When we go to other places, we always look for the museums, the cultural and interpretive centres, the history.

astoria history

              Yes, we stopped to read all of the plaques.  We even brought back a few souvenirs.  (And, of course, books.)




Continuing Our (Inner) Education

             Last night was not one of my better sleeping moments.  And into this morning, it only improved slightly.  (I would love to have stayed in bed another several hours.)

             On top of that, the Universe has assigned us homework.  (Homework!  A thinking message, for fucksake!)  It’s a job we must really contemplate, and probably even take notes on.


             To be our best and most evolved selves, we have to always be learning, expanding, seeking, growing.   One way to accomplish this is to interact and connect with fascinating people.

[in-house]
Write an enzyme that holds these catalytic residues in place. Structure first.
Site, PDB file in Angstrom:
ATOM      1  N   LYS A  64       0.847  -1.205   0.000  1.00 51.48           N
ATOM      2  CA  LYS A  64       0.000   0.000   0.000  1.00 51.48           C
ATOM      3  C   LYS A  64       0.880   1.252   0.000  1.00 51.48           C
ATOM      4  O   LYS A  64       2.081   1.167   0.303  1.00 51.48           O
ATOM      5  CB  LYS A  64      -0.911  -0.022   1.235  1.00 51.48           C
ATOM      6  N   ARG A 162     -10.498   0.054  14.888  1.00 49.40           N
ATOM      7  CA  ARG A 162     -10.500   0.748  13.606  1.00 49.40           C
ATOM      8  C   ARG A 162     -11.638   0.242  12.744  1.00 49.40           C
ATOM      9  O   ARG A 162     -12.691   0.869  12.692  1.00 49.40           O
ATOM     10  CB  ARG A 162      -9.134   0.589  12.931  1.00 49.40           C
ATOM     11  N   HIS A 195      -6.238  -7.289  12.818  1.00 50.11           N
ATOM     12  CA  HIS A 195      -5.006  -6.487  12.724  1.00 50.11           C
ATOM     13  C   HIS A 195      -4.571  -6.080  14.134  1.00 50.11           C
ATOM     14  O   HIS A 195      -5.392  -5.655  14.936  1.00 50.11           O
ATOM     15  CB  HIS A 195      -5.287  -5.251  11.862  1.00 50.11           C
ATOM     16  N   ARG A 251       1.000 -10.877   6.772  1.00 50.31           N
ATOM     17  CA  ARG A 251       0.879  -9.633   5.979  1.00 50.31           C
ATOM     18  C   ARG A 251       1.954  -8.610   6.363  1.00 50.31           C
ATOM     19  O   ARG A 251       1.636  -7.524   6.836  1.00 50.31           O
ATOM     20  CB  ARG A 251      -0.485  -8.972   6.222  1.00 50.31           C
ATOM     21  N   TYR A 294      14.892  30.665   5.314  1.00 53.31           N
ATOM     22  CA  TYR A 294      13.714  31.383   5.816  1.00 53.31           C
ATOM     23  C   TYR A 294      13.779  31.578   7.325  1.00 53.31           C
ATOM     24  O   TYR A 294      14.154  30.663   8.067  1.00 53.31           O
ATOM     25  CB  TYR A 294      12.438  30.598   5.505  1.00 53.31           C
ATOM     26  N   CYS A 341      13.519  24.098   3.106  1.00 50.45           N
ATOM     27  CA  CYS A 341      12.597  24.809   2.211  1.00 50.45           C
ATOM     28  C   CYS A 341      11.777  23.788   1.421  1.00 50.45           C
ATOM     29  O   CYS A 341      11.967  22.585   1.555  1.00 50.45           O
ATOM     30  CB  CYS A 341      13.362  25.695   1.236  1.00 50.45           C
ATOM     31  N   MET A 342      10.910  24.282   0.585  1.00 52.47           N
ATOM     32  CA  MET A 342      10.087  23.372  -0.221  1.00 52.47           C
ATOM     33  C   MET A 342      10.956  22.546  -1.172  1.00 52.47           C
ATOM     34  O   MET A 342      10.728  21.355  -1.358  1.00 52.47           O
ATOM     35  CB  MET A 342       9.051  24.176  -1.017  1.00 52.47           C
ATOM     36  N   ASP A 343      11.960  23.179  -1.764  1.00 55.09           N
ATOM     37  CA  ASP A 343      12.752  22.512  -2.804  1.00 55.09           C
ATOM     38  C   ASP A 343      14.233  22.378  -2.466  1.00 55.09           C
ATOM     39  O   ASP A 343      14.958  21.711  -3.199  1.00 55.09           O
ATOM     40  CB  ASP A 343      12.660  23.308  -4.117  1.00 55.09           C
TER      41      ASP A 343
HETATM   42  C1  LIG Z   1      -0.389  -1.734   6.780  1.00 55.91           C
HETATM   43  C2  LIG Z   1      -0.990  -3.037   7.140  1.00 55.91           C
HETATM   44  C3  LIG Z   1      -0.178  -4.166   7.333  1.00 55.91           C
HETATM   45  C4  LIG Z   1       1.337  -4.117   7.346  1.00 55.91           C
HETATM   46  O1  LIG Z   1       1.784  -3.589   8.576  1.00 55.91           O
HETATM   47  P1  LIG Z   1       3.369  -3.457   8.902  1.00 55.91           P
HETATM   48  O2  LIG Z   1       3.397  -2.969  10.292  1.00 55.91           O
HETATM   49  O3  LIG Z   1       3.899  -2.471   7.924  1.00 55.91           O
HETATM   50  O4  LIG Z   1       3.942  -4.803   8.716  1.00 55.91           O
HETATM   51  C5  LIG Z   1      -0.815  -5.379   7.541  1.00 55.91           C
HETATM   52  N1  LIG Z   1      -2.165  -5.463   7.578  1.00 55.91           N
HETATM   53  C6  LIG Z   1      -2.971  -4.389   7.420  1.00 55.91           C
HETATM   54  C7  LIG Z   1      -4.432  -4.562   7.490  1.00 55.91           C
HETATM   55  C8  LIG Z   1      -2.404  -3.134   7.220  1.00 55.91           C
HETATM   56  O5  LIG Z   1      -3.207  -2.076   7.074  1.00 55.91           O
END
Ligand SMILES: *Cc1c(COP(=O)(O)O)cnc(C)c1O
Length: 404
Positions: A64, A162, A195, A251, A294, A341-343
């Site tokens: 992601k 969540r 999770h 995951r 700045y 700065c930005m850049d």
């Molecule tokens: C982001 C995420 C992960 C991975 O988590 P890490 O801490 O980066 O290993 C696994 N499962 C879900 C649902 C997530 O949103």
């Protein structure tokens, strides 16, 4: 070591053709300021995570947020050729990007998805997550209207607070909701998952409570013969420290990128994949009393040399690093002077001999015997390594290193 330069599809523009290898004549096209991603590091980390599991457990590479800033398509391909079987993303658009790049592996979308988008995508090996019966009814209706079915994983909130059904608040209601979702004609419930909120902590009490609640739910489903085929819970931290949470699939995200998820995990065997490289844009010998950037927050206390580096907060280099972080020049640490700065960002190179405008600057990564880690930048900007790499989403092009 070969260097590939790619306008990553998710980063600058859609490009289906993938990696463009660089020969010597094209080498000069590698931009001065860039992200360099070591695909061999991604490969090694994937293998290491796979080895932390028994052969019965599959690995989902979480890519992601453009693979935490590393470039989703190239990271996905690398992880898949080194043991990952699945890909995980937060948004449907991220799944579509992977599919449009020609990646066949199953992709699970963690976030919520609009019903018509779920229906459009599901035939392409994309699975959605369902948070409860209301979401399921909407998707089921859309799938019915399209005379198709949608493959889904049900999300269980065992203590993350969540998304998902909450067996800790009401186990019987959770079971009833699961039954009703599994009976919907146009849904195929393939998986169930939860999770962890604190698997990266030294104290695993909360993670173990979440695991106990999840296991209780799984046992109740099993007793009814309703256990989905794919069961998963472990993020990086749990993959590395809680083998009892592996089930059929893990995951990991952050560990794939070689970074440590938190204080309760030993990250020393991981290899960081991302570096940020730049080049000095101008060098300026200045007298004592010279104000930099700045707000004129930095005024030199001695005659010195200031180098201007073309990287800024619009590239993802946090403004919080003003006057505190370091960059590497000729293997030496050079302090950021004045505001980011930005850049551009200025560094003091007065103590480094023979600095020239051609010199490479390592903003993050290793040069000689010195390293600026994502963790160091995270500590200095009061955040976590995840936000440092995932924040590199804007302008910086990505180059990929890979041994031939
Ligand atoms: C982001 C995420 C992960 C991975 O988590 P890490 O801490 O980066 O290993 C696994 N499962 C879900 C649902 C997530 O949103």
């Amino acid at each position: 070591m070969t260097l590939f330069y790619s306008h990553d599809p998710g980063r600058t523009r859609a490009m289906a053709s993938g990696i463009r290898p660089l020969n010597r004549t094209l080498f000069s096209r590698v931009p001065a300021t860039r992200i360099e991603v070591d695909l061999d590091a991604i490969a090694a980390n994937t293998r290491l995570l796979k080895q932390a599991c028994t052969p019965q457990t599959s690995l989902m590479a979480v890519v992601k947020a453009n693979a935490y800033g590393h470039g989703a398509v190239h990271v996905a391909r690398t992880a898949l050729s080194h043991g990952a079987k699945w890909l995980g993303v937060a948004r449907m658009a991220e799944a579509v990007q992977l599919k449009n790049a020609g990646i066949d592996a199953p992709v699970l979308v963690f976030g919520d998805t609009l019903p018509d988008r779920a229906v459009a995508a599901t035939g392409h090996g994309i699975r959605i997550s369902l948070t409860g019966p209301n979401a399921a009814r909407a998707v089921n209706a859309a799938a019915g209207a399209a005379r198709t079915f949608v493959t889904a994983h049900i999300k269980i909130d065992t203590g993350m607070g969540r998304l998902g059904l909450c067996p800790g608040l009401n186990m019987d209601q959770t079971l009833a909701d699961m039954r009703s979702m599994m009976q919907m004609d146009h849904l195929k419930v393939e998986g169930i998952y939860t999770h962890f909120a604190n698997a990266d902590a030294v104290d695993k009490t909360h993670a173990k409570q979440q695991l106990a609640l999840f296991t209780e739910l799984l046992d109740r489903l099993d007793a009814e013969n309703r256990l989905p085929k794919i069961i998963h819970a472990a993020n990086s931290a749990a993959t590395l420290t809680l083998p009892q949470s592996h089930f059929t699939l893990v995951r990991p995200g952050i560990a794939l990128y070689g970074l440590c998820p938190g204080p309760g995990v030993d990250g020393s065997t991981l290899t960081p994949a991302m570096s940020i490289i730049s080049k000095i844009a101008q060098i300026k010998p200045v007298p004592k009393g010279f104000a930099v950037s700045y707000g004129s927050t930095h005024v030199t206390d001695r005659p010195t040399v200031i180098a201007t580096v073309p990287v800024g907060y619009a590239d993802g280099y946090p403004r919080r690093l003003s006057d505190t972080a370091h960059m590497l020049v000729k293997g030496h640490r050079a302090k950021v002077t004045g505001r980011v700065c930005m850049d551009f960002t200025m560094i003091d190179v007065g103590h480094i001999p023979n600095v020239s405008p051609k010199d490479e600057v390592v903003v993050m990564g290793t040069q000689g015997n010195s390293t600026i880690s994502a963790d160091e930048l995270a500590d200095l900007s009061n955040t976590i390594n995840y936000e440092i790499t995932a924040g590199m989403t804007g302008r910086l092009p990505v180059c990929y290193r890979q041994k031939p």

That’s our task.  Put together a list of ten (10!  Not 3 or seven, but TEN) people (alive, dead, real, fictional, doesn’t matter) who we’d like to study with.  Have open and complete access to.

             Is there someone you’ve always wanted to ask a question of?  I remember, about a million years ago, my father-in-law and I had a conversation with this very theme.  He said he would most like to sit down with Leif Erickson.

             My own list won’t include any Vikings, but it will probably have several ancestors and family members.  Plus a few “big names” from religious history, just so I could get real truths and hear accounts first-hand.

             We don’t have a daily draw.  I was directed, instead, to show you this illustration from (the late) Sylvia Browne’s Heart and Soul deck.

heart and soul deck

             The other part of this message is about focus.  We are being instructed in the art of concentration.  Like a meditative moment, this composing of a list is intended for us to probe our subconscious.